Not a lot of news on how the recreational marijuana market is doing lately. There is some preliminary info suggesting the tax haul won’t be as big as expected. Will take more time before we can fully see how severely the regulatory burden is constricting the market.
Just as a marker for the future, I believe the heavy regulation of recreational marijuana will severely constrain the industry. We shall see. I will watch developments as they become visible.
1/1 – Daily Bulletin – New year brings new restrictions on medical marijuana enforcement – A paragraph in the omnibus spending bill approved by Congress in December would ban the U.S. Department of Justice from spending money to enforce federal marijuana laws in states with laws addressing medical marijuana. The law doesn’t repeal the federal ban on marijuana, only applies to so-called medical uses, and is only in effect for 2015.
The temporary prohibition was pushed by a conservative Republican from Southern California and a Democrat from Northern California, whom I assume is left of center. Article indicates the -R congressman favors legalization.
1/10 – Wall Street Journal – In Colorado, Legal Pot Fails to Meet Predictions of Supporters, Critics / Forecasts of Tax Windfall, Dire Consequences Don’t Prove Entirely True – Tax revenue isn’t coming in a strong as expected, which is no surprise to me. Estimates of state’s FY 15 revenue from recreational marijuana:
- $100M – from the Governor’s office in 2/14
- $ 67.0M – previous estimate from state’s economists
- $ 58.7M – current estimate from state’s economists
Looking at the graph of tax revenue by month for calendar year 2014 shows the expected rising tax collections. From July through October the tax seems to have stabilized at an average of around $4.4 or $4.5 a month. Annualized, that would be around $55M a year.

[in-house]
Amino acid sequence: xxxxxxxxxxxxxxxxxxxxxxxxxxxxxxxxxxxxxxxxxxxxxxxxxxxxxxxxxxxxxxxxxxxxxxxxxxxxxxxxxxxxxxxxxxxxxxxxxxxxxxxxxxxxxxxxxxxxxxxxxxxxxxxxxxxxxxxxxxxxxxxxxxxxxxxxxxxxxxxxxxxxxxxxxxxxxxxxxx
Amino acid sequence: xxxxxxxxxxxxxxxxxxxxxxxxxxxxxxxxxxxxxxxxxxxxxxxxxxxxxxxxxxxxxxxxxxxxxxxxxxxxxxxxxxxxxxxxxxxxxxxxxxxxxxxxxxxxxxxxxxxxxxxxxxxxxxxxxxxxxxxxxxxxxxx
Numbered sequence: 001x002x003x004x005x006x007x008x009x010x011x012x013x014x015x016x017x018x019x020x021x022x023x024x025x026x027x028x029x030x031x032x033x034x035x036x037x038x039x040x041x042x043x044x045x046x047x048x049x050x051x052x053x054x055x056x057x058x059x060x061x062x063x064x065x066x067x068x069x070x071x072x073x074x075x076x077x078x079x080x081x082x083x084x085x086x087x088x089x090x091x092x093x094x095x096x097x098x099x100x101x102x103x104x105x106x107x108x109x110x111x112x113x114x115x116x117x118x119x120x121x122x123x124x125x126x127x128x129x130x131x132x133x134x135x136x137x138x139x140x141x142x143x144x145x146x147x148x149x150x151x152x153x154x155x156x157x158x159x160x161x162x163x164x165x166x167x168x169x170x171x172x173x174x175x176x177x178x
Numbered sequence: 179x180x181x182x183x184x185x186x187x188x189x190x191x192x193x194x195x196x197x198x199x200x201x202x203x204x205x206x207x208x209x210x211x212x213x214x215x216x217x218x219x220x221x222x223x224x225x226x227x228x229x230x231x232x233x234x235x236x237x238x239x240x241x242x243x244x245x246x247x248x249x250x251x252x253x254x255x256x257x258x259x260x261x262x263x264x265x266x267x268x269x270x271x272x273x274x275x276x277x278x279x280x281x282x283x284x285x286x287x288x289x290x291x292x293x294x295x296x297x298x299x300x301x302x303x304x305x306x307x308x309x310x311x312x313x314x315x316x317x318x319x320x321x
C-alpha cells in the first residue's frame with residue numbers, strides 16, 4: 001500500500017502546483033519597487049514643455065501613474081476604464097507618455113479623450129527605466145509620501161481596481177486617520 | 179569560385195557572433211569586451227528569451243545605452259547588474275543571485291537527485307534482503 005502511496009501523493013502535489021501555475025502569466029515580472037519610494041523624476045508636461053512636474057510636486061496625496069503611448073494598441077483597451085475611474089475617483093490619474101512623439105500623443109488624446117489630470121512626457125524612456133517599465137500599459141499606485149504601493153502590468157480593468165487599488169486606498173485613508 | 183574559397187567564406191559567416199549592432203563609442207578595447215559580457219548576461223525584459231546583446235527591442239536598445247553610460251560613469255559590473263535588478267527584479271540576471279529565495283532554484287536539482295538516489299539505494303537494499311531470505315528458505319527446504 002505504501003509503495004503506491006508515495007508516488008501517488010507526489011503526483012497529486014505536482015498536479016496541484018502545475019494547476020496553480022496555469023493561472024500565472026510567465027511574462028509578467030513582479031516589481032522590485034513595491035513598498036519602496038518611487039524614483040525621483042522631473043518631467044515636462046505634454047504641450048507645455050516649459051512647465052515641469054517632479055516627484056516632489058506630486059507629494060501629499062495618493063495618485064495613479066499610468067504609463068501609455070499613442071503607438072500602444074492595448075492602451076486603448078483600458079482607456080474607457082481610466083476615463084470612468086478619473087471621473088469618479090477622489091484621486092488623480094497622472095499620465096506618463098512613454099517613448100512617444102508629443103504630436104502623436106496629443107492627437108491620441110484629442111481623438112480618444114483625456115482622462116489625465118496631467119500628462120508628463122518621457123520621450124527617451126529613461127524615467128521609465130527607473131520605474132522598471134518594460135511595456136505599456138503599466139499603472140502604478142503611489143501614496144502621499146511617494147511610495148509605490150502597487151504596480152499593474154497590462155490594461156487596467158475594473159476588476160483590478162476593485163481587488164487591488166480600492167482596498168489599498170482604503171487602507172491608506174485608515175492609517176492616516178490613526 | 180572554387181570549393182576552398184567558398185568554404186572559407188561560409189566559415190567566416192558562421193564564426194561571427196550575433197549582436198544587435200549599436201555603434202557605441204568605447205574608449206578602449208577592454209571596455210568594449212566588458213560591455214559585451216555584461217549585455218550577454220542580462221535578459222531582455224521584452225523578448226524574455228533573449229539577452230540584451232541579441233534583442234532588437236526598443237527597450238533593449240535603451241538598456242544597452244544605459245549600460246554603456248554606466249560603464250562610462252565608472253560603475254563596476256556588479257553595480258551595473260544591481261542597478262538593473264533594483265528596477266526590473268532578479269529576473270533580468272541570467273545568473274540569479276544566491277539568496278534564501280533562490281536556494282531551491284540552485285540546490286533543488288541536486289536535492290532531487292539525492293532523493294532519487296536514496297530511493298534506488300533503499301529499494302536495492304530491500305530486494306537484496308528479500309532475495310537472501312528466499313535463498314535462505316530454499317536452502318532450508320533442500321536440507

Suggested reason for the shortfall is the 25% tax, which the article suggests is driving people to the medical marijuana stores. Of course you have to claim illness to get the medical stuff, but that is a low hurdle to clear if you want to save 25% of the purchase price.
Article says there is a huge amount of pot tourism. One survey suggests half the recreational sales in Denver and 90% in some mountain communities are from tourists.
As the article saying the adverse social impacts haven’t appeared, there are two main supports. Doctors and hospitals report a surge in calls and visits for over ingesting edibles. Second is a survey of high school students who admit using pot. Data points in the survey are 2011 and 2013, which is before the recreational sales went into effect. I think that is a bust in methodology.
Article says there is a spillover of recreational marijuana into neighboring states.
The social impact and spillover is not part of my focus. We will have to wait a while for that data to be compiled. To include in the article that there hasn’t been any social impact is as funny as it is unfounded.
On the other hand, the adverse financial effects of regulation are starting to appear.